Indy Car Shouldn’t Shoot The Messenger So Quickly…

The IZOD Indy Car Series was making slow, steady strides back to relevance in a sport that had left the circuit almost for dead a few years ago. The infusion of Phillips Van Heusen as title sponsor brought millions of dollars in promotions, other new sponsors had come aboard and brands were working together on co-promotions to re-engage a consumer that had forgotten the sports glory years in the 1970’s. A new technology initiative had brought interest from science and the tech community, and even with Danica Patrick’s coming departure to NASCAR there was a young, diverse group of drivers that was appealing to a larger multicultural audience. Old events that were not effective were jettisoned, new events like one in Baltimore were launched, and it was hoped that the relationship with Comcast would lead to more television growth than in recent years. There was a renewed push for social media activation, and the leadership, led by former head of the PBR Randy Bernard, was looking to overturn every sterotype, clique, and issue the sport had in a very short time. Not every innovation was working, but there was progress.

Then came last Sunday, when popular driver and Indy 500 champion Dan Wheldon was killed in a horrific accident at Las Vegas Motor Speedway. As expected, the naysayers who talked about the race course being too flat, the sport being pushed to far and too fast, rose to the top. IRL officials handled the immediacy of the tragedy and then retreated from the public eye to ,mourn, give pause, and examine next steps away from the media circus. The issue was also amplified because it was really the first high profile death in racing since the real push for the immediacy of social media, and the fact that it was the last race of the Indy Car season. There was no next race to go to and address, which means the drivers and leadership would be scattered to many points, without a natural “next” spot to gather and get back to business.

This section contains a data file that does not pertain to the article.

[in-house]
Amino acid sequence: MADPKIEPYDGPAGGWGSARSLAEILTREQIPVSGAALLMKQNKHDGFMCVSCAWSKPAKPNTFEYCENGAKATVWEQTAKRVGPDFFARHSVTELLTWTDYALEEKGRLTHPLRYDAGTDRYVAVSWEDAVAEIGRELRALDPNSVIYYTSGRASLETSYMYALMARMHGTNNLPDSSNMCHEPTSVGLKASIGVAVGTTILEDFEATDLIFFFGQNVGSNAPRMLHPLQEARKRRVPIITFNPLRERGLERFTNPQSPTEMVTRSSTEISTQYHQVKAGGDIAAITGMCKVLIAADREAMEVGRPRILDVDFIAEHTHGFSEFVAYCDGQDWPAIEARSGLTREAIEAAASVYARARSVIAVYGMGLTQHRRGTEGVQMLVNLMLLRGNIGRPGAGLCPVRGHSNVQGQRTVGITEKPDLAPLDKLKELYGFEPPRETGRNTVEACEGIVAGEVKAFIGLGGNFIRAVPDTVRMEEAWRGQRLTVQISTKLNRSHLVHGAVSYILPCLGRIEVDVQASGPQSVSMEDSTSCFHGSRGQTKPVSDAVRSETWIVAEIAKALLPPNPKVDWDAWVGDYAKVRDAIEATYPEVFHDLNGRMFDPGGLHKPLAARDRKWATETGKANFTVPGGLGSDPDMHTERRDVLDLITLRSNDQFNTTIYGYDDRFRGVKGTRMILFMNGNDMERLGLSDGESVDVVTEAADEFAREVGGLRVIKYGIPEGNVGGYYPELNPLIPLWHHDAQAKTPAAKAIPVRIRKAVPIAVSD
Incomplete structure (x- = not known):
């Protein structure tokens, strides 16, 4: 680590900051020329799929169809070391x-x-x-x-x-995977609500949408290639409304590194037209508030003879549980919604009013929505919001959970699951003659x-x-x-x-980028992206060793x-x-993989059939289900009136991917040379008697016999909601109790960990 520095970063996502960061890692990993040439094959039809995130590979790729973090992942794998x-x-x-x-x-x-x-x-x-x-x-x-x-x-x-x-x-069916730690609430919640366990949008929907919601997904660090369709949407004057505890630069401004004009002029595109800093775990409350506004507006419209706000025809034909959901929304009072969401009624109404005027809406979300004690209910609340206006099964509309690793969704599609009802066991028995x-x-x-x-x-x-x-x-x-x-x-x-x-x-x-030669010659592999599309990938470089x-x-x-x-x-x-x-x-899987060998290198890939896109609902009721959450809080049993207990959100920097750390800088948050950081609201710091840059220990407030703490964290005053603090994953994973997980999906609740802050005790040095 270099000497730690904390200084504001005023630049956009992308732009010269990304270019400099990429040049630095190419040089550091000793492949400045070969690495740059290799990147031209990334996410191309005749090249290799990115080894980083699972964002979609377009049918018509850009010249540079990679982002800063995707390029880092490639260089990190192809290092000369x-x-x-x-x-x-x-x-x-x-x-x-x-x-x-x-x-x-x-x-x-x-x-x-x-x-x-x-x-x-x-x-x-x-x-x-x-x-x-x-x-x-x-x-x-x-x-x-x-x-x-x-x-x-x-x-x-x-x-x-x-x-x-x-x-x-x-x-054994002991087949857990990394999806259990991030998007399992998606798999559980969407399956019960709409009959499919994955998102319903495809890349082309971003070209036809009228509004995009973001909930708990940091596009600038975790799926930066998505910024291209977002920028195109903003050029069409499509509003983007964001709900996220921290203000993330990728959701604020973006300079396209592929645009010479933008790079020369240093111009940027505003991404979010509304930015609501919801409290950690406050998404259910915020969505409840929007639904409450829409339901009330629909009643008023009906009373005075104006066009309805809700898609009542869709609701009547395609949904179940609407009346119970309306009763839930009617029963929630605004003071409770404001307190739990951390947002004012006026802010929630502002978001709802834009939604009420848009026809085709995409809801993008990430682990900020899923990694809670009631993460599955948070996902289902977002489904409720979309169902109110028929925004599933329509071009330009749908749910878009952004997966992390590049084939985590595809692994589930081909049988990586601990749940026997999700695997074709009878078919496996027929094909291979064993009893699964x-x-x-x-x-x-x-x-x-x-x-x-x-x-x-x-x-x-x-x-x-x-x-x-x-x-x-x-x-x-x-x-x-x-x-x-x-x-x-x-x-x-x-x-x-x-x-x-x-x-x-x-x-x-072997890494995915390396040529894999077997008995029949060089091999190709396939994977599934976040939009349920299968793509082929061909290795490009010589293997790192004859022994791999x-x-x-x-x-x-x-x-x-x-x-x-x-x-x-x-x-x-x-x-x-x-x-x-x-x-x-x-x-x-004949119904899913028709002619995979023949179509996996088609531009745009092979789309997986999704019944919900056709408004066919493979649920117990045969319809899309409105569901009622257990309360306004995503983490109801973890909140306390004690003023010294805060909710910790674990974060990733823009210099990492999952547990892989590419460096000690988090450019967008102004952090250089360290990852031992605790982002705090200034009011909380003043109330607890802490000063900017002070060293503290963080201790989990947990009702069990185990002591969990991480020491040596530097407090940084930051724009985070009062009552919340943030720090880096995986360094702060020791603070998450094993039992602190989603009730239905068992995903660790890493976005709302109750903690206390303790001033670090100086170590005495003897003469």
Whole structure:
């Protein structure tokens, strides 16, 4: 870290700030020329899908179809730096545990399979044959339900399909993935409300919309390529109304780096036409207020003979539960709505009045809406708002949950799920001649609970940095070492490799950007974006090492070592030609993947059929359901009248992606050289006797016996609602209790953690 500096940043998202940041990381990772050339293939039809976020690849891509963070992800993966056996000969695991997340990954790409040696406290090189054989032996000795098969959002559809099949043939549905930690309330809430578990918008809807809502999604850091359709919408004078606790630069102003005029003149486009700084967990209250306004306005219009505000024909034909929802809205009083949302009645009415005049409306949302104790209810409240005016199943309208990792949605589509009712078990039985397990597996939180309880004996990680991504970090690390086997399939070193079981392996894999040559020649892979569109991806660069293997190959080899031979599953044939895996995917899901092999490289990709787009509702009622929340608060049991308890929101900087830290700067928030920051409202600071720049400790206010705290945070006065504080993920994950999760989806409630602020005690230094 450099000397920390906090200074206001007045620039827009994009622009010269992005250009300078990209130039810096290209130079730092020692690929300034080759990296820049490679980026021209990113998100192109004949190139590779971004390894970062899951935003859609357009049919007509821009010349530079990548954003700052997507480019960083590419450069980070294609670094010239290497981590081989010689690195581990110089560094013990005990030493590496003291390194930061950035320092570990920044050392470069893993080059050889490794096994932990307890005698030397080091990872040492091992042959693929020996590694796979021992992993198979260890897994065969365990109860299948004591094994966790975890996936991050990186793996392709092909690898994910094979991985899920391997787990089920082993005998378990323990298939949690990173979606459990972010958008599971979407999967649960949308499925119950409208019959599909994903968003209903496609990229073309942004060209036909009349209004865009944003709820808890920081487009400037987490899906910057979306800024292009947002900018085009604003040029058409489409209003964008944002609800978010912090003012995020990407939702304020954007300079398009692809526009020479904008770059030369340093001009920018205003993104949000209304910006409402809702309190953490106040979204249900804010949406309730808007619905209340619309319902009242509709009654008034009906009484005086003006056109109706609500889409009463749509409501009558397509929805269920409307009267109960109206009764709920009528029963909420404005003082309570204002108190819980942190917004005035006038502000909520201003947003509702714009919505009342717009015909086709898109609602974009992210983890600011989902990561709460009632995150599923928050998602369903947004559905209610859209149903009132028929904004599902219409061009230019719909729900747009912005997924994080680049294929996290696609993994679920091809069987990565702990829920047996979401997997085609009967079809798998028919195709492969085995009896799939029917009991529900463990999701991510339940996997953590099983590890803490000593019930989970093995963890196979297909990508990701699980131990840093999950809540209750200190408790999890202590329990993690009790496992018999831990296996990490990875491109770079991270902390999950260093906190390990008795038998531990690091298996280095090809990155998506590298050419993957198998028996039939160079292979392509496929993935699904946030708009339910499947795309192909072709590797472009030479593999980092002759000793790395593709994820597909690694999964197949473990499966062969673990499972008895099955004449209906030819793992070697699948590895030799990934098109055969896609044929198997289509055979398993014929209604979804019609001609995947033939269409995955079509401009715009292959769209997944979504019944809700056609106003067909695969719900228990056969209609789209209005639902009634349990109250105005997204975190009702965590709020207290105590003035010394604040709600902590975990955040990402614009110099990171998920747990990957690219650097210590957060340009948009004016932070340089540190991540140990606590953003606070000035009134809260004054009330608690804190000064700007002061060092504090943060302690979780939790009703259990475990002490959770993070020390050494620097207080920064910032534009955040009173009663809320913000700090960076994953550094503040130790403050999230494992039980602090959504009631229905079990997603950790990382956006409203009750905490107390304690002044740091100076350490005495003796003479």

Through all the questions this week came silence from IRL leadership, while those in the shadows questioned Bernard’s ability to lead the circuit as an outsider. Whaterever the reason for silence this week, and whether the situation was handled correctly or fast enough on the days following the tragedy is still up for debate. There are many, many legal issues to be sorted through with a loss of this magnitude, and the mourning period for the IRL family will come to a head this week. However one thing, when looking back over the year as a whole is pretty clear. Bernard was brought in by leadership to change the image of a dying sport circuit. Many of the changes throughout the year brought increased coverage and value to the sport as a whole, which is a good thing for a slow turnaround with the world’s fastest sport. It is also clear as the head of the circuit that Bernard’s decisions were not made in a vacuum…racing perhaps more than any other sport is not a dictatorship. The drivers and their teams have a seat at the table. Thus, the season-ending race decision to have Wheldon try and race for the win from the back of the back for increased prize money and visibility was risky, but not one that Bernard himself forced along. Yes he had the final say and was the face of the sport, but he was not alone.

The death of Dale Earnhardt brought many positive changes to NASCAR, as many tragedies do. Whether Wheldon’s death will do the same for Indy Car remains to be seen. Whether the risks drivers assume are too great even for them to fully understand is also up for debate. So while IRL struggles to come to grips with the tragedy and its next steps, hopefully some good for the future of the sport can come from such a horrific event. It is hard to deny that Indy Car has moved forward, not back, under Bernard’s leadership, and it would be an even bigger tragedy to sacrifice the head when the body was improving.

Maybe this week will bring more answers than silence from IRL. Maybe that will help silence the critics a bit, but maybe more importantly the lessons learned will be as important than the issues that arose for a sport that appeared to be moving back in the racing world.